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Politics of the aesthetic - the extraordinary Peter Whitehead

Updated: Oct 7, 2020



By Noel McLaughlin


As we argue in the How Belfast Got the Blues, Peter Whitehead’s Charlie Is My Darling is consistently downplayed in mainstream and academic writing. One is expected to believe it is a film devoid of any aesthetic, or adversarial political, merit – a mere ‘screen test’ to ‘get the band used to cameras’. The film’s importance to history is supposed to amount to nothing more than it being a cultish Stones film; a status compounded by the fact that for many years it was missing in action and, hence, well-nigh impossible to view.

This attempt at explaining the film’s achievements is extremely odd. Charlieoffers some of the most novel and forward-looking images of popular music in performance committed to celluloid at the time. Even if the film was reduced to what its director affectionately referred to as the ‘bird section’, where at its conclusion he reverts to grainy slow motion of the band in performance, it would be worth its place in history.

The fact that these ground-breaking - and in the contemporary context, much-mimicked images - were filmed in Belfast adds weight to our story. Belfast is the location - the source - of where the roots of modern music video first emerged. It is startling just how ahead of their time these sequences are. While, of course, there are arresting performances captured on film and on television before this point, what is striking in Charlie’sconcluding section is the move beyond being merely content to capture images.

Beyond the desire to ‘capture’ – to reproduce what is out there - Whitehead resorts to the haptic, and to a style that could be described as painterly. In this, he is in tune with popular musical artists who started to use the mixing desk and multitrack recording as devices not in service of simply recording performance, but of altering and heightening what music could be; and using the modern recording studio – and its possibilities - as an instrument in its own right. In Charlie, Whitehead pushes the medium, via the materiality of film and the foregrounding of form and technique, into the service of the drama of the Stones in performance. It creates an incandescent quality.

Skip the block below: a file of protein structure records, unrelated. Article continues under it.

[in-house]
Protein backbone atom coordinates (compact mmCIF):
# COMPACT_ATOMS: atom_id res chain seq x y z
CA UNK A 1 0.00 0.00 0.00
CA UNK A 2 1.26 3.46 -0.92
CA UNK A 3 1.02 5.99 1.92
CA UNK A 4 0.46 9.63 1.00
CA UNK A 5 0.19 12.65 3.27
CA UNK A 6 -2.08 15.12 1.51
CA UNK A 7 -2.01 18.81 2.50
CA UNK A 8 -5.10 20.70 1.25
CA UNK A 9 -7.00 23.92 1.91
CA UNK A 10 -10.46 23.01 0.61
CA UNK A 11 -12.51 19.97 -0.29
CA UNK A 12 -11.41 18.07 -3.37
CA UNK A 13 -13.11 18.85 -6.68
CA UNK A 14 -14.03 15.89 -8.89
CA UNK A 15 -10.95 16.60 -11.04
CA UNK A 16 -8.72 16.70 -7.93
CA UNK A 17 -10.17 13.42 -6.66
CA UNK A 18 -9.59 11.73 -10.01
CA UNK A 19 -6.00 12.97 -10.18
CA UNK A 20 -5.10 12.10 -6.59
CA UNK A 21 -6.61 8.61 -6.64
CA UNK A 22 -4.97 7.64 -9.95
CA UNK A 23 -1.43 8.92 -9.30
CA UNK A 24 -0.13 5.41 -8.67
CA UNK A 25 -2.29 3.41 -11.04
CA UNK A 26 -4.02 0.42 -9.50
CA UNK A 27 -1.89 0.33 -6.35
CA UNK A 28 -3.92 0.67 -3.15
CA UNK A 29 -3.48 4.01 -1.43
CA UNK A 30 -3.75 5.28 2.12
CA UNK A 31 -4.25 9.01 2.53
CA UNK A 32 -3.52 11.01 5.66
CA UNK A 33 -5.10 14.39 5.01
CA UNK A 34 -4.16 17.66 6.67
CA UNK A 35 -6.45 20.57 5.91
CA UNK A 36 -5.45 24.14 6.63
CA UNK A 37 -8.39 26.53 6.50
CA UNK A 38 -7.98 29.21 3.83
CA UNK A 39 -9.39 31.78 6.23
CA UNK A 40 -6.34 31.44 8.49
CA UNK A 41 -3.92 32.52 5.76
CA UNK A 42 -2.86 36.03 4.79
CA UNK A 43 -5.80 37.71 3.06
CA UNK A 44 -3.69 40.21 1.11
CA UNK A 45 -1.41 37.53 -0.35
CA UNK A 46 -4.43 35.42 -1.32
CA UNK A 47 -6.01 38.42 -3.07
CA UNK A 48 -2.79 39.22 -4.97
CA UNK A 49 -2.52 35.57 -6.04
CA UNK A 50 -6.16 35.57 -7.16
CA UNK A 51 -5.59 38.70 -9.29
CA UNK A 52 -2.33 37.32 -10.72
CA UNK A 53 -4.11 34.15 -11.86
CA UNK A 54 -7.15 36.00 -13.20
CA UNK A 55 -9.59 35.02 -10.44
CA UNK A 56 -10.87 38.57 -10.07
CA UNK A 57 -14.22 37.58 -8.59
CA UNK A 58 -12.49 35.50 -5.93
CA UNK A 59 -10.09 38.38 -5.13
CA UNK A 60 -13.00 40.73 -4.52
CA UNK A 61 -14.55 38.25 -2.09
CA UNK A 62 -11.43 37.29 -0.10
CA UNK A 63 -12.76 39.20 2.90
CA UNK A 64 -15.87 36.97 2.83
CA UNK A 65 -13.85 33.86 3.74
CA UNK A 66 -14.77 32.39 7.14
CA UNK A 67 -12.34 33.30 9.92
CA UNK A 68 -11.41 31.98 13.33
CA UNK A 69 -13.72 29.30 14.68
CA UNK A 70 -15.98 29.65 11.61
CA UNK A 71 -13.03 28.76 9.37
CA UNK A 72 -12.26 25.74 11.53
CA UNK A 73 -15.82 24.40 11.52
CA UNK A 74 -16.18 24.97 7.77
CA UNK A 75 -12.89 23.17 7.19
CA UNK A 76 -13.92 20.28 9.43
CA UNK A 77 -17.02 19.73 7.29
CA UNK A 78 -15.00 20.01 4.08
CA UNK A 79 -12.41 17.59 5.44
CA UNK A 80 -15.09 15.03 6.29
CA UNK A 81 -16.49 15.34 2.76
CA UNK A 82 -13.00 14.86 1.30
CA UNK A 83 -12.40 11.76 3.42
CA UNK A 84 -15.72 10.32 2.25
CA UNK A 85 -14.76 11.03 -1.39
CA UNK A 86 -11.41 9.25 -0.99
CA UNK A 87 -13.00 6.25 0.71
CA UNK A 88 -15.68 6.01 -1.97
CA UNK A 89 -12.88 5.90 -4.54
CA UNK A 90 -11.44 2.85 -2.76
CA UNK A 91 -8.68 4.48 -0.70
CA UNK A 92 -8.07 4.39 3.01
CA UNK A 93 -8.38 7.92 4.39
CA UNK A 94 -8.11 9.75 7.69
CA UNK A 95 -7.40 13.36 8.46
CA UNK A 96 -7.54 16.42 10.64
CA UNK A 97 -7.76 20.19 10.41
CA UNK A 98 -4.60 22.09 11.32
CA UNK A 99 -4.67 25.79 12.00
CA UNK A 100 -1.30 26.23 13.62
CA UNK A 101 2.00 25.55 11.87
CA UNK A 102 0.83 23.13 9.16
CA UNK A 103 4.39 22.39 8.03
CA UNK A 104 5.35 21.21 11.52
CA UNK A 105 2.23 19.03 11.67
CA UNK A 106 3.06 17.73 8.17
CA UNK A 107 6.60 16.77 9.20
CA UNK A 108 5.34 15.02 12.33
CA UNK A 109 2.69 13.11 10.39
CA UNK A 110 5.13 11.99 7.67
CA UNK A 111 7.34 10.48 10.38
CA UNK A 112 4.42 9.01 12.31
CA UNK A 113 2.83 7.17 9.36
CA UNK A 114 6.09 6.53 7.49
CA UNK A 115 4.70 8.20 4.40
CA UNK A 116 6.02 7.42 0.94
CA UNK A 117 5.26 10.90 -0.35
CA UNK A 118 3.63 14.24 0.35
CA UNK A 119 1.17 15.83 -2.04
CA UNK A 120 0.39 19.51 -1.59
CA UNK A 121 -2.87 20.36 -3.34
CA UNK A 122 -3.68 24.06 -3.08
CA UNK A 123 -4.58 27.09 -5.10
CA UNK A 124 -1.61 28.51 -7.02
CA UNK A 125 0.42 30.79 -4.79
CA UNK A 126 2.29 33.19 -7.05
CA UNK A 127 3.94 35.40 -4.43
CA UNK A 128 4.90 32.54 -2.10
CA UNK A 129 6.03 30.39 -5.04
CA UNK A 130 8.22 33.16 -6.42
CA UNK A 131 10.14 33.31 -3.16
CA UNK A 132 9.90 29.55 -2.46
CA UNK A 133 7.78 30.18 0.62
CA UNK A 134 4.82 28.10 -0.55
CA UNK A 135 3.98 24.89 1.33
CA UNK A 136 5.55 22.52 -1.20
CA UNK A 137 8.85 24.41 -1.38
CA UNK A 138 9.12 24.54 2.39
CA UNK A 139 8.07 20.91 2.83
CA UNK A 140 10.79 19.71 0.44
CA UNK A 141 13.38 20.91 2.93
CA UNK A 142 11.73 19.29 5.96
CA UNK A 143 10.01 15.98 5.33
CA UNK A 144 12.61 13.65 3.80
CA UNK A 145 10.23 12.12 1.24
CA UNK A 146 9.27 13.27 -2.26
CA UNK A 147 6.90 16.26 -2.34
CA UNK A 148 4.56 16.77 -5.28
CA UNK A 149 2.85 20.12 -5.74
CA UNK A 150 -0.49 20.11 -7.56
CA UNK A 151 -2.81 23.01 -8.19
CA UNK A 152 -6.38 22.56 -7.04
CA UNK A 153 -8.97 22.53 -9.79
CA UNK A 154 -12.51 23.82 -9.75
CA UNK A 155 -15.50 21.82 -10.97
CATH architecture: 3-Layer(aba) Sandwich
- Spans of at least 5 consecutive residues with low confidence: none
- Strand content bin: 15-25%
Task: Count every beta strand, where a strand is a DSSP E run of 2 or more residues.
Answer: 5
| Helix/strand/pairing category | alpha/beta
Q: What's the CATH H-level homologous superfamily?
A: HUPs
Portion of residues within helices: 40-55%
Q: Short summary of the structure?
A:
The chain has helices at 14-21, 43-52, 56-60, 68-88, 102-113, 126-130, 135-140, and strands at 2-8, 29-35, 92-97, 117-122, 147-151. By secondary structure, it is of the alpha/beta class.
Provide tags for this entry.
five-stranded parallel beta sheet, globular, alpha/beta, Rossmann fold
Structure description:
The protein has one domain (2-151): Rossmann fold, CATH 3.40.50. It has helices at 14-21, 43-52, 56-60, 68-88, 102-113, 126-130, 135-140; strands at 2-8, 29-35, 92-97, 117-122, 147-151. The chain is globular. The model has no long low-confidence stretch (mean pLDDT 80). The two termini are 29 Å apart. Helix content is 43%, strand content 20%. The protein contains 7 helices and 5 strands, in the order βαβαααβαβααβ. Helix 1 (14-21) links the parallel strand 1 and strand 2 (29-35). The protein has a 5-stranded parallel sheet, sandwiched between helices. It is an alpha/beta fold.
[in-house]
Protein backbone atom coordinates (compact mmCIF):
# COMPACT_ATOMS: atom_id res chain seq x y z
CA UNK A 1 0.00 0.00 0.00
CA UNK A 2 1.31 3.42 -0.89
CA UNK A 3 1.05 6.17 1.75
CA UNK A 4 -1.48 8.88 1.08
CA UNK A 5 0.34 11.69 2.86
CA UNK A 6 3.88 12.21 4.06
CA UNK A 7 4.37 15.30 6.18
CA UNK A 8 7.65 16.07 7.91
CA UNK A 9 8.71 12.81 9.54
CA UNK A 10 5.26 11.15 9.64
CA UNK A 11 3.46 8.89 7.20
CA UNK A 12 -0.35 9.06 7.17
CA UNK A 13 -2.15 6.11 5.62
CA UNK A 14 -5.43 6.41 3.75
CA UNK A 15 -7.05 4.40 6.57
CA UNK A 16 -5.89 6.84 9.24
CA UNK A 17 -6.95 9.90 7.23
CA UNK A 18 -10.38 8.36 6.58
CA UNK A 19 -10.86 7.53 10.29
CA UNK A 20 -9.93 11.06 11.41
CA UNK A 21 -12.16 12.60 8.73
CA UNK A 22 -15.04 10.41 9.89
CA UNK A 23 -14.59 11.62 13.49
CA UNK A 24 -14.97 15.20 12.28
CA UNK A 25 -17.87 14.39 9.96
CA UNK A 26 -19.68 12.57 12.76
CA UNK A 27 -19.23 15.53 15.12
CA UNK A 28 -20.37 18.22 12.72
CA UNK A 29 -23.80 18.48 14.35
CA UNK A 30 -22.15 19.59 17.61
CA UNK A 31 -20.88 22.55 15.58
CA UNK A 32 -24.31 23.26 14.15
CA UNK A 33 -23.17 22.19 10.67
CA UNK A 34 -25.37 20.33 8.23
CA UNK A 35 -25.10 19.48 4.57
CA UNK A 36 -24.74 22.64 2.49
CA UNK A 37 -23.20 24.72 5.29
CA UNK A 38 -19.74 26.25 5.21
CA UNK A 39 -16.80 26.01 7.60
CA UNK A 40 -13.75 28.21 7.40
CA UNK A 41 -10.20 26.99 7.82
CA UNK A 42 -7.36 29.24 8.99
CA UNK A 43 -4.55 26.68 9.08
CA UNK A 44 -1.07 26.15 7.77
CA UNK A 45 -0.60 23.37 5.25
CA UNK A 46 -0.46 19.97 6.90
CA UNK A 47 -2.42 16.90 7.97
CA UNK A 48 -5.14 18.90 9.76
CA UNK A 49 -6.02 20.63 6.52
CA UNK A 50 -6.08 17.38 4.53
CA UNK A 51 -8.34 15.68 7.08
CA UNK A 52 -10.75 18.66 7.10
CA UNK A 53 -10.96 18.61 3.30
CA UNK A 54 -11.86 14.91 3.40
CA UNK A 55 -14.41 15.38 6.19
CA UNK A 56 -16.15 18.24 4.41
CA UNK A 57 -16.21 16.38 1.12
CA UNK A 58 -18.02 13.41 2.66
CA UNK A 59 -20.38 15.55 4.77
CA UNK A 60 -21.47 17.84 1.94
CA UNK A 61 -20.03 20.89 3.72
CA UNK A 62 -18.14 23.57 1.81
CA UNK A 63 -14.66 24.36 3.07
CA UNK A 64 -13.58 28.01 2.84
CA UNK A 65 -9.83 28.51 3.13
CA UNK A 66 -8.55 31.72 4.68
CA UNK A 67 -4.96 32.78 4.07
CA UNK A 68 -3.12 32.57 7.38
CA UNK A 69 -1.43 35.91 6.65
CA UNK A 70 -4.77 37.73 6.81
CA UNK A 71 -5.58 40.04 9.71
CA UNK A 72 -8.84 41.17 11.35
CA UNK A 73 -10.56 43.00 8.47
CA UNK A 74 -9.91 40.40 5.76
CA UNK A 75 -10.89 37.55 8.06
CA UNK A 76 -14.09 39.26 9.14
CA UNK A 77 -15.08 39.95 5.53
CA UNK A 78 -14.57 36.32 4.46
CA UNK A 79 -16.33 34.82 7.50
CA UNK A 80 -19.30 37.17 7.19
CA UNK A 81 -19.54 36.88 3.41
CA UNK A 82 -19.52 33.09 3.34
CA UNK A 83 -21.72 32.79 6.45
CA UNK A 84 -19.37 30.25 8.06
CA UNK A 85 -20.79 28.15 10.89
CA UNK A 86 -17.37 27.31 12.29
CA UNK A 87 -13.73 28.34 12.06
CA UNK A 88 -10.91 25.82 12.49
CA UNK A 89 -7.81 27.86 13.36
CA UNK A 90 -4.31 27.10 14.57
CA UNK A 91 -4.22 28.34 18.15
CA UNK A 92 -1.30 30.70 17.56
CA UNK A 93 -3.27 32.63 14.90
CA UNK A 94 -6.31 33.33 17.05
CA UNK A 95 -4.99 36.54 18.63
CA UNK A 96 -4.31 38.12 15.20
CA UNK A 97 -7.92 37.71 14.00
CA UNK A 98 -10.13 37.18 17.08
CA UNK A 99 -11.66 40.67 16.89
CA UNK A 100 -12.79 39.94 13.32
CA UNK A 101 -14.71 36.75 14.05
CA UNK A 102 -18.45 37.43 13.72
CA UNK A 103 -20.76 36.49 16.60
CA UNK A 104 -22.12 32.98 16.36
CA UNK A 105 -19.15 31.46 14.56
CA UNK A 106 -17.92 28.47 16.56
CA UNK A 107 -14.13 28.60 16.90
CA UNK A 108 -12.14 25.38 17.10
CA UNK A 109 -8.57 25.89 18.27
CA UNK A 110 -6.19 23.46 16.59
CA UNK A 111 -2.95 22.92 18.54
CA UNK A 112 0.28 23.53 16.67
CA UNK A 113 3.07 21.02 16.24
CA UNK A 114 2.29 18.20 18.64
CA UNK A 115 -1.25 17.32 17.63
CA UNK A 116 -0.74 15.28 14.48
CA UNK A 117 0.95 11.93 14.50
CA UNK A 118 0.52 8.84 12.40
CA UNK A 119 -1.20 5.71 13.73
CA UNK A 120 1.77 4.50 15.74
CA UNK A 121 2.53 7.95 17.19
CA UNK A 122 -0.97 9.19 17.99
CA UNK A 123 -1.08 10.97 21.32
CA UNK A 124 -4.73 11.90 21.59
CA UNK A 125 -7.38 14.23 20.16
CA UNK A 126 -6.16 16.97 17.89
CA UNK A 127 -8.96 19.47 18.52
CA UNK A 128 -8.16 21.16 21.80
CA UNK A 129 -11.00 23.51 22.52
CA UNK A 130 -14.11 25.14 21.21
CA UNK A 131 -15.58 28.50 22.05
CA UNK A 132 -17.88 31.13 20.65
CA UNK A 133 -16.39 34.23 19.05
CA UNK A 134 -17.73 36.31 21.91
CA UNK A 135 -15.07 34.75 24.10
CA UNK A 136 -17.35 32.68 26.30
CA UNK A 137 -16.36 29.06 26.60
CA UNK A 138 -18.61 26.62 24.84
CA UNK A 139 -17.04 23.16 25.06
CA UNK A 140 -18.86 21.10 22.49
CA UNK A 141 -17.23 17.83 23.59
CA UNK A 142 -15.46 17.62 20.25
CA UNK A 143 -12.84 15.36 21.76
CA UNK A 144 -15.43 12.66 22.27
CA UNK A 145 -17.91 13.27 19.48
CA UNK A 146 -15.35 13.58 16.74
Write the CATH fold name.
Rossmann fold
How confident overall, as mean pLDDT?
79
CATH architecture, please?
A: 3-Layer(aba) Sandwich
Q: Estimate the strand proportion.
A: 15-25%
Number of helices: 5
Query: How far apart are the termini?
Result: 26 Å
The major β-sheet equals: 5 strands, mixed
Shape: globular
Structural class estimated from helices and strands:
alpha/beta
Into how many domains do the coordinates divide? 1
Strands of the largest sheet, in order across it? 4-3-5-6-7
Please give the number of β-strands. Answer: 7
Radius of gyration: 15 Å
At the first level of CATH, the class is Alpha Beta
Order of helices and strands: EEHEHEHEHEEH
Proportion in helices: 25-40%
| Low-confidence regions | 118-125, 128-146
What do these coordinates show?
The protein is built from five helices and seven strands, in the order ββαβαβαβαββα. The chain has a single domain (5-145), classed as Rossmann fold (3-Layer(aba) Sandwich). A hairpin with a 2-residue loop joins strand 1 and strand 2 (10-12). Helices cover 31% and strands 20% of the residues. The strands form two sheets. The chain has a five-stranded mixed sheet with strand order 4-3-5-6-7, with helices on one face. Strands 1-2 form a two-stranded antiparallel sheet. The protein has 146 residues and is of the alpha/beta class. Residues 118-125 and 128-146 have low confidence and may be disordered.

The resulting abstraction creates a spell. The eye is drawn to the minutiae of bodily performance via the slowing down and forestalling of time. Attention is necessarily focused on the majesty of the small gesture. The images shimmer in hallucinogenic sync with the music. And all of this occurs after Whitehead has given the viewer a similarly prescient masterclass in capturing the interaction of band and audience in a more conventional (i.e. documentary realist) fashion. In this final section, though, the ‘real world’ has given way to something altogether more shamanistic, impressionist - even expressionist.

Needless-to-say, the Northern Ireland State at the time certainly didn’t welcome the creation of such spells, and from such a source; one operating well outside the parameters of sanctioned and respectable religious worship.